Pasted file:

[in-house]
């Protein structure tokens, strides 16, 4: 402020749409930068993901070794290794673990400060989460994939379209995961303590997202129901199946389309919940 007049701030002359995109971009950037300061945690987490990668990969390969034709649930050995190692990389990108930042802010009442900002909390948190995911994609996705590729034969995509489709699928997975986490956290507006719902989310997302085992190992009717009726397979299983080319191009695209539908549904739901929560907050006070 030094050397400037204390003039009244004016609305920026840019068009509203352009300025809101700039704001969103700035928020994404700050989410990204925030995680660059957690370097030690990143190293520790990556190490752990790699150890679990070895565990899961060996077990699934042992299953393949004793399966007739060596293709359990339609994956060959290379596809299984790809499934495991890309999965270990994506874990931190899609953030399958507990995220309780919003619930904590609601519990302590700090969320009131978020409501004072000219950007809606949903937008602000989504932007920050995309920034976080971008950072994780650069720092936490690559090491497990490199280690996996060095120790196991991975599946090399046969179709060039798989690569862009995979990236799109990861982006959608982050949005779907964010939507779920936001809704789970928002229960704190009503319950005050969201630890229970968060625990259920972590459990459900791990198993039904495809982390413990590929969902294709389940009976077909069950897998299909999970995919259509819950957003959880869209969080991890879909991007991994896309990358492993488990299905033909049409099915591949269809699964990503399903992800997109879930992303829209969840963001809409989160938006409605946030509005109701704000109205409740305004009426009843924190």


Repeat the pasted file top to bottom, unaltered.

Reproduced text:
[in-house]
């Protein structure tokens, strides 16, 4: 402020749409930068993901070794290794673990400060989460994939379209995961303590997202129901199946389309919940 007049701030002359995109971009950037300061945690987490990668990969390969034709649930050995190692990389990108930042802010009442900002909390948190995911994609996705590729034969995509489709699928997975986490956290507006719902989310997302085992190992009717009726397979299983080319191009695209539908549904739901929560907050006070 030094050397400037204390003039009244004016609305920026840019068009509203352009300025809101700039704001969103700035928020994404700050989410990204925030995680660059957690370097030690990143190293520790990556190490752990790699150890679990070895565990899961060996077990699934042992299953393949004793399966007739060596293709359990339609994956060959290379596809299984790809499934495991890309999965270990994506874990931190899609953030399958507990995220309780919003619930904590609601519990302590700090969320009131978020409501004072000219950007809606949903937008602000989504932007920050995309920034976080971008950072994780650069720092936490690559090491497990490199280690996996060095120790196991991975599946090399046969179709060039798989690569862009995979990236799109990861982006959608982050949005779907964010939507779920936001809704789970928002229960704190009503319950005050969201630890229970968060625990259920972590459990459900791990198993039904495809982390413990590929969902294709389940009976077909069950897998299909999970995919259509819950957003959880869209969080991890879909991007991994896309990358492993488990299905033909049409099915591949269809699964990503399903992800997109879930992303829209969840963001809409989160938006409605946030509005109701704000109205409740305004009426009843924190």